Thinking back, I’m unsure if anyone settled down for the trip. I could tell you that NO ONE napped or shut their eyes because everyone was excited to be ‘free’ from chores and other boring tasks (heck, we were hormonal teenagers!). As my Dad rolled down the highway with seemingly no care in the world, he only smiled and never sang along. When Meatloaf’s Bat Out of Hell top song, Paradise By the Dashboard Lights, came on, at almost eight minutes long, it was sung (screamed?) in tune by the rest of us. At that time, the radio stations played this tune due to its popularity often enough, which seemed to happen every five minutes as we rocked and rolled in the old mule, creating a scene for passing cars.


What a way my Dad held grace to a carload of rowdy teenage girls…


In 1995, my Dad called me one snowy February morning to tell me that he had just purchased two plane tickets to Poland—one for him and one for his sister, Mary, leaving in July. He didn’t need my approval, but he was 72, and my Aunt Mary was 82—not exactly spring chickens. Aunt Mary was barely 90 lbs. soaking wet.


"How are they going to navigate the trip? Who would be their “sherpa?” Those were questions posed by Hubby Bill as I descended the stairs to tell him of this news as he began feeding our three-year-old daughter and one-year-old son at the time. I countered back, “Should I go?” The two of us went back and forth about the logistics of me being gone for (4) weeks that summer with young kids in tow for Bill to be the main caregiver.


That is still one marker I may still owe Bill for his grace and generosity in giving me the blessing to go.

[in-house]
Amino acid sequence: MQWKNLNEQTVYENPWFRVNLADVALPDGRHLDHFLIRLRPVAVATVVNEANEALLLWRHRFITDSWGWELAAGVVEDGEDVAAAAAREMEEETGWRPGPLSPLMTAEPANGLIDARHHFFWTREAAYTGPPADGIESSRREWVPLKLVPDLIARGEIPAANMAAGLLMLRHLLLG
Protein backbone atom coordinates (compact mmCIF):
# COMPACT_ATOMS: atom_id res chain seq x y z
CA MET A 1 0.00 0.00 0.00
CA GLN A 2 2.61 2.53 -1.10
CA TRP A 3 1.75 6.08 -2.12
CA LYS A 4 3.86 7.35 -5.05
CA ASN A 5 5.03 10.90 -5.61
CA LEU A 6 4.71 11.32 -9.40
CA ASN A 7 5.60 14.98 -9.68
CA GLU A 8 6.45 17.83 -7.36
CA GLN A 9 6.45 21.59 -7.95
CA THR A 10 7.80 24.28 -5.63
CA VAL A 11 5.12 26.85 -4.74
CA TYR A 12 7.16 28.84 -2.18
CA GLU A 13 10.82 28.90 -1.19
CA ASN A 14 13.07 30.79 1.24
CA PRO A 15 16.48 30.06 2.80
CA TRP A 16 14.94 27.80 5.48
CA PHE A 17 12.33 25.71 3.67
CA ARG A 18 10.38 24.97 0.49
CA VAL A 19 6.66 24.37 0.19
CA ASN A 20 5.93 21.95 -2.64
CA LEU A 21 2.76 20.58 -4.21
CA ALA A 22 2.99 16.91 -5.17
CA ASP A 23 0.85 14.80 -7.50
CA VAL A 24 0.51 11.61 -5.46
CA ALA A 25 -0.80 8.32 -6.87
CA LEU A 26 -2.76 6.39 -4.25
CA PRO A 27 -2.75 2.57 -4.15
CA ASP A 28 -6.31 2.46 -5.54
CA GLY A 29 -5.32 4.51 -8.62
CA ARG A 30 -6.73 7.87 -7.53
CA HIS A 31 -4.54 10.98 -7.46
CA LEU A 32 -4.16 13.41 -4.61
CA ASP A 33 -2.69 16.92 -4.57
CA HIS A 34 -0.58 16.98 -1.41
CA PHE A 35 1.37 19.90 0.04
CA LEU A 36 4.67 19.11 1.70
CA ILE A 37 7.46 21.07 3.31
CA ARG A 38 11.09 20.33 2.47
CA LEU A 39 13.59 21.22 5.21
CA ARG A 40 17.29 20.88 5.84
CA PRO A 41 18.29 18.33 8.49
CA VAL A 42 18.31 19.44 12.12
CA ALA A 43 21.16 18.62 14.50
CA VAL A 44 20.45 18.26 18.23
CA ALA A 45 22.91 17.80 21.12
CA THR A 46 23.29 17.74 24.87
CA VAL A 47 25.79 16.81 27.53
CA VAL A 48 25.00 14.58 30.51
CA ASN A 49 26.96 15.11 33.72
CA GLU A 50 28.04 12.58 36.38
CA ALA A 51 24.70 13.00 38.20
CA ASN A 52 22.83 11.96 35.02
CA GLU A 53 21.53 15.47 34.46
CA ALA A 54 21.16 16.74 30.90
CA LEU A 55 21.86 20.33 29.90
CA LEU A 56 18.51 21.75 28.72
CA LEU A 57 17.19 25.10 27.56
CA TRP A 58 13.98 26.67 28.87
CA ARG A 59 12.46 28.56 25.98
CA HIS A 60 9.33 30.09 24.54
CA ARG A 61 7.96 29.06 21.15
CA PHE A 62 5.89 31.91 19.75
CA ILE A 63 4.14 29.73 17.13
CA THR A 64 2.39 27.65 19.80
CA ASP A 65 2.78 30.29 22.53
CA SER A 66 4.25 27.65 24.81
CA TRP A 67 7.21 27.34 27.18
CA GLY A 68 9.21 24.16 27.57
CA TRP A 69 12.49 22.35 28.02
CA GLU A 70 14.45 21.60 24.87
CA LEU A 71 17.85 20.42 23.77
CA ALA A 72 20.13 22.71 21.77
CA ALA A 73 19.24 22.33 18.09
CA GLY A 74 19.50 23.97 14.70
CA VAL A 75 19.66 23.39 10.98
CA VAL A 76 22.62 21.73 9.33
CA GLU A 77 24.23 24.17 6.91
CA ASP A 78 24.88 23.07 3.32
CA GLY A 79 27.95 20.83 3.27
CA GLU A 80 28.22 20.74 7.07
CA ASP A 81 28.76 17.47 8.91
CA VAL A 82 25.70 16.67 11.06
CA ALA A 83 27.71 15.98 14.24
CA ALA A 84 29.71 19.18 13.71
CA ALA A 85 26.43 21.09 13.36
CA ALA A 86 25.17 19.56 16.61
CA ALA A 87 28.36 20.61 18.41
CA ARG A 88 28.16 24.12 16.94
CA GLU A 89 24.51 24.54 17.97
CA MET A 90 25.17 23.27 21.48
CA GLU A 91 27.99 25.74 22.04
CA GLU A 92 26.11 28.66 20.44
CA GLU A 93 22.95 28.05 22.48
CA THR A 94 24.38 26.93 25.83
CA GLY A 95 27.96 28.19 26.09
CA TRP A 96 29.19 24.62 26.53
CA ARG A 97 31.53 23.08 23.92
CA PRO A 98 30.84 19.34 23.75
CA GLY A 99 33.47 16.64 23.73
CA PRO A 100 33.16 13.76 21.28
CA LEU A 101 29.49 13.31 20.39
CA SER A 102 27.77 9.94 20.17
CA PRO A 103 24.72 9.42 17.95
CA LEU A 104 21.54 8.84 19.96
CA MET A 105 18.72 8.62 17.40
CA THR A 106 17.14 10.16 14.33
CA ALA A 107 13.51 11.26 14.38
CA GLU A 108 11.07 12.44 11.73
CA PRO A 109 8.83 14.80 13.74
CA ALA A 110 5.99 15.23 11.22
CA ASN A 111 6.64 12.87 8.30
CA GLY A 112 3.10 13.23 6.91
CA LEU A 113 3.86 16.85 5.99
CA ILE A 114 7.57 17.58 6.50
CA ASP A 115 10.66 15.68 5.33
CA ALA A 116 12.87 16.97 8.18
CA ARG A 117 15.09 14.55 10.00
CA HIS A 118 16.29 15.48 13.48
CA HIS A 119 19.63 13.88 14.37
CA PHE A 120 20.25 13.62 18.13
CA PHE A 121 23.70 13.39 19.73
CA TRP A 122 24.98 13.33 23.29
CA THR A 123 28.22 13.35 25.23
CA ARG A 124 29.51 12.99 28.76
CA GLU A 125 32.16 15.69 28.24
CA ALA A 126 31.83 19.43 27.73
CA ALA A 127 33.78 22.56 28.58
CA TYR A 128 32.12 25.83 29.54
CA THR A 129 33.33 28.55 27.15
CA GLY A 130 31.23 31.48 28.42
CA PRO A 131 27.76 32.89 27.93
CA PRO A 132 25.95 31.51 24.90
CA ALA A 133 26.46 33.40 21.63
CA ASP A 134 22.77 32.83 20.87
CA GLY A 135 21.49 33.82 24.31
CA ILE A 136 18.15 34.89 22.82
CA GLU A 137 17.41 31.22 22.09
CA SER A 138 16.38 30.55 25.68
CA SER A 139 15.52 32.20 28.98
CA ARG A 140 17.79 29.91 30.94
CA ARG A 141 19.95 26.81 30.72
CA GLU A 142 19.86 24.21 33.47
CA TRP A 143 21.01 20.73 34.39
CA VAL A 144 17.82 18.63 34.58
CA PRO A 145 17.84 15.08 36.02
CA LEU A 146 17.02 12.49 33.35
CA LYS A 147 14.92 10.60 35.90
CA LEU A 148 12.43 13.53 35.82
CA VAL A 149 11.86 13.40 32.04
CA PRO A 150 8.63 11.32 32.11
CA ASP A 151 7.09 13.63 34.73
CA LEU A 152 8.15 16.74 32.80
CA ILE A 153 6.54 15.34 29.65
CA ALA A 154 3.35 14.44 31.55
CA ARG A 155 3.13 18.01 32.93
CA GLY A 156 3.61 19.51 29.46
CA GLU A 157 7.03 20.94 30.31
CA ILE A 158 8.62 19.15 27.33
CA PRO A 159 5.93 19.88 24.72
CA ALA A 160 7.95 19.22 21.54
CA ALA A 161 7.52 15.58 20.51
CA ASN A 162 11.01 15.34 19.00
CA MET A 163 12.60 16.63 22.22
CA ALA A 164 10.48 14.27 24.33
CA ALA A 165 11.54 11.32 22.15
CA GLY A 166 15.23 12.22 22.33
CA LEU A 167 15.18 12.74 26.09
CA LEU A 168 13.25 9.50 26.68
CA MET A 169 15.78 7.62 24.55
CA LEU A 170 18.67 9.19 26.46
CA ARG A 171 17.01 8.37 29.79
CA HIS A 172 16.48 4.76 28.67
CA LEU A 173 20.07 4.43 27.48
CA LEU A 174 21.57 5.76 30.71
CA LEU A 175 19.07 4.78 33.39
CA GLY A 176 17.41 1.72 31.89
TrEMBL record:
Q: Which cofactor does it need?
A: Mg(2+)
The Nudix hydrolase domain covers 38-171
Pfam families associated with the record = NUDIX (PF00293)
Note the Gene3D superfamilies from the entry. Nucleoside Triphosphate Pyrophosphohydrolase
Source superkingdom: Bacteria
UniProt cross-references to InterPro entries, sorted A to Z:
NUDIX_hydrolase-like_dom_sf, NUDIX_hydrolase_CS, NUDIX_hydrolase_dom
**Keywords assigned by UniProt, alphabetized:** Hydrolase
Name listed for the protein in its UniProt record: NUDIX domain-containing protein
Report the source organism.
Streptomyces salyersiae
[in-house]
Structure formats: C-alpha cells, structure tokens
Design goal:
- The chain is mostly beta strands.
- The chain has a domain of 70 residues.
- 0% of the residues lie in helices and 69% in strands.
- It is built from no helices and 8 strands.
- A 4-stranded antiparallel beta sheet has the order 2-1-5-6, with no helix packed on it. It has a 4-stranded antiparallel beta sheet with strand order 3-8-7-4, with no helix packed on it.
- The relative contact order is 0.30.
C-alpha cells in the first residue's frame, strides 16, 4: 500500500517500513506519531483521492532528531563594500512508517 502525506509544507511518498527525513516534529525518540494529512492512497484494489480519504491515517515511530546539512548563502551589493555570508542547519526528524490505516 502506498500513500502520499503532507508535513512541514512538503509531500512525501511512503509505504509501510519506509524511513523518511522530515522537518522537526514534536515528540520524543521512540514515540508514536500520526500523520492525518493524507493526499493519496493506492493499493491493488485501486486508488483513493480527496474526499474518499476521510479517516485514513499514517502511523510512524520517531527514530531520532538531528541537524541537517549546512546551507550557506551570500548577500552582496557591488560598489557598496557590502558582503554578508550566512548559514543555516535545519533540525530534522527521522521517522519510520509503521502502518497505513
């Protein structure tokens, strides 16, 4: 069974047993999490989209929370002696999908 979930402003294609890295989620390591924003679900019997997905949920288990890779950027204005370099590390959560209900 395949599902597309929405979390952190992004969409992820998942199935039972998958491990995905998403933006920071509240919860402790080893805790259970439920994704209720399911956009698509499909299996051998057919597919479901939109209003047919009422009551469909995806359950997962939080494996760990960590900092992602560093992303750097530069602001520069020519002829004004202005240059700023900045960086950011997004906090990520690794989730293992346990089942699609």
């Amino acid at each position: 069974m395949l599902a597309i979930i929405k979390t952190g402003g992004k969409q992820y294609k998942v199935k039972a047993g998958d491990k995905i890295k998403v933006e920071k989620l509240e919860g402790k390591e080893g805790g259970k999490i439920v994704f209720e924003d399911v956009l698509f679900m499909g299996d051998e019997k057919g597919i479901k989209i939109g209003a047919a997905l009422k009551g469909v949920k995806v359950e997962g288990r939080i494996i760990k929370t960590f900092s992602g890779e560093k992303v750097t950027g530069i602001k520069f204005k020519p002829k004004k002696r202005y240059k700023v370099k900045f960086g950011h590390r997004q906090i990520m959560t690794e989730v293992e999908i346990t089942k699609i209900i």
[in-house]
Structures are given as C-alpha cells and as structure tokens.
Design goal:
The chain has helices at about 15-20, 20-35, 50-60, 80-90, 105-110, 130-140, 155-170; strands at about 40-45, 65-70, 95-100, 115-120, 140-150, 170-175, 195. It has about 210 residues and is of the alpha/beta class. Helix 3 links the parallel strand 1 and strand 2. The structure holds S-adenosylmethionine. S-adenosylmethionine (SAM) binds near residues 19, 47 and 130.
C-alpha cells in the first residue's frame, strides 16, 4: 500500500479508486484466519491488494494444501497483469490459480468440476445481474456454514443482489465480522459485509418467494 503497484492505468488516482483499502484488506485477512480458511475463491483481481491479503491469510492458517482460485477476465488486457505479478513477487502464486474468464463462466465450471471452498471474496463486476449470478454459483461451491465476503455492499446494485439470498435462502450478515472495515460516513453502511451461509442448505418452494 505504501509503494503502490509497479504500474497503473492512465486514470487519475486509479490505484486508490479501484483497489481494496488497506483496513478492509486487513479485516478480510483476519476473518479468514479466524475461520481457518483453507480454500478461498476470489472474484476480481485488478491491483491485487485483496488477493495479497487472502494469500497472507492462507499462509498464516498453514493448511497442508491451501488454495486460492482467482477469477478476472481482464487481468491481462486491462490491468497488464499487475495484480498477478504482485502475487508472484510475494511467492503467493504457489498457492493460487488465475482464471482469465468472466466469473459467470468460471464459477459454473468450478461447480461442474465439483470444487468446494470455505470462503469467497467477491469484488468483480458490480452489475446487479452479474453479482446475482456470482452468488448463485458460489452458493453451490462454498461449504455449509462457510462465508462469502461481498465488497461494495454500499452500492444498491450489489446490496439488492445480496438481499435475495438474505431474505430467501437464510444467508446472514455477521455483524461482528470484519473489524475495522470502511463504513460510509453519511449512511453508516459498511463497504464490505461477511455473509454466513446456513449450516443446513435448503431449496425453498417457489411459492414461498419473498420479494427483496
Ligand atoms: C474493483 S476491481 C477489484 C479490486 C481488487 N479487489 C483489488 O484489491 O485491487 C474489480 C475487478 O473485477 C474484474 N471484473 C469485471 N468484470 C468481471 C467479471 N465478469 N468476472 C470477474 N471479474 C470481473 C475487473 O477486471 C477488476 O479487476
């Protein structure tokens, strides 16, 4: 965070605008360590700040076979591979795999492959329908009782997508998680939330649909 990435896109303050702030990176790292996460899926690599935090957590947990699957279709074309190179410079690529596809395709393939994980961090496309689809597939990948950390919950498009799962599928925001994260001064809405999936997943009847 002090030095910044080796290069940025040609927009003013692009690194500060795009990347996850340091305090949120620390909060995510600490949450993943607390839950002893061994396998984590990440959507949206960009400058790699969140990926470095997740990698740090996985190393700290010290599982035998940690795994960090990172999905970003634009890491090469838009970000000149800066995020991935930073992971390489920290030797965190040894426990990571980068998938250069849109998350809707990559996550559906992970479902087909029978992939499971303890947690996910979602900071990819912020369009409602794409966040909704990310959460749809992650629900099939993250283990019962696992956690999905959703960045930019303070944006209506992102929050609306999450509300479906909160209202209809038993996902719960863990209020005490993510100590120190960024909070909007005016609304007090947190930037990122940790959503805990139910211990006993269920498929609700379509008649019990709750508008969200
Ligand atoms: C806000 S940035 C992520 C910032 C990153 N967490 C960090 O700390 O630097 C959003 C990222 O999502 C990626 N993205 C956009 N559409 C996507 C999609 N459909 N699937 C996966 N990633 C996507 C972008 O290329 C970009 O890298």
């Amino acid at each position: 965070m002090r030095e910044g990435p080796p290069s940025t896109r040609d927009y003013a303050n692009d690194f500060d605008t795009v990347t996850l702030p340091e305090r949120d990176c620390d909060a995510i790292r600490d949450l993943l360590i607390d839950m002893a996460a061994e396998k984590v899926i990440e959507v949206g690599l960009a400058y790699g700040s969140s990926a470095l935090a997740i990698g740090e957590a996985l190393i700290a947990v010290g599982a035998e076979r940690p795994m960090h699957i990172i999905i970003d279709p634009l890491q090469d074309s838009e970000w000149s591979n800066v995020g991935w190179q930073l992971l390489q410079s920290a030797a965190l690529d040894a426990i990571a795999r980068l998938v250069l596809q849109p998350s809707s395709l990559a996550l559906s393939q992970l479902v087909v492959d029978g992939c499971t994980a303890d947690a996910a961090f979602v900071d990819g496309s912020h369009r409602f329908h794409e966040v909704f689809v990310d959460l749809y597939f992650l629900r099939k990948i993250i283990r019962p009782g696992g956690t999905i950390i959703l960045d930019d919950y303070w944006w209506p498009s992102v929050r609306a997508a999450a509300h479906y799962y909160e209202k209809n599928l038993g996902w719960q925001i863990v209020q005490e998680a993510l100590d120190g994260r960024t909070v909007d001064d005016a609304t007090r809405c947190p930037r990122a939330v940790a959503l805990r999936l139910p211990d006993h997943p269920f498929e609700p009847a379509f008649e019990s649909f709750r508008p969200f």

The trip was magical. I loved seeing Johnny and Aunt Mary (both speaking fluent Polish with their first cousin, Mira, and her family in Ostrów Mazowiecka. I was thrilled then, and still am today, as I reflect back to seeing my Dad in his element and learning where his mother and father were born in that ancestral place in Eastern Poland.


The memories of that trip (thankfully) bring me right back to the summer of 1995, all in a positive way.


Yes, I did, sherpa for Dad and Aunt Mary.


And yes, Bill held it together that summer (with a lot of familial help) with the kids. I am so proud of him!


Happy (Heavenly) 100th, Daddio~! We miss you!!!


Terri


Photos: Unfortunately, I do not have any photos from the South Bend trip or that old Police car, sigh.


1) 1995- Dad/Grandpa/John chilling in Ostrów Maz., Poland; 2) Wedding day - June 13, 1987; 3) 1995 - Cle Hopkins Airport - Aunt Mary/Dad/and I ready to board July 1995; 4) Aunt Mary watching over the bags (my Sherpa duties in vivid color!); 5) Cousins Renata & Jerzy Trojanowski (I visited last year 2023) Dad/John& Aunt Mary in Kraków, Poland; 6) Mary, Renata, Jerzy, John and me in Zakopane (Tatra Mountains in Southern Poland on the Czech border); 7) 1998 - Grandpa with Ryan & Olivia - Washington, DC; 8) 1998- The Nolan's - me/Dad/Mom Sophie/Kimberly & Annette; 9) Grandpa and Grandma - 1999 with the grandkids so far: Brandon/Nathan/Ryan and Olivia.


The last photo is why the whole trip started. Johnny wanted to meet at least one first cousin. Of course, that meant travel to Poland; hence the trip. Seated: Zbigniew (visited with him in 2023, too), I think Anna's Mother-in-law and her name escapes me who is still alive!), Mary and Mira; standing: me, Anna, Ewa, Yvonne, Kasia, and Eliza, with my Dad behind us all.





Me/John/Mary spread out among our Polish family - their first cousin, Mira, sitting on the right of Mary in blue

0 comments

Comments


bottom of page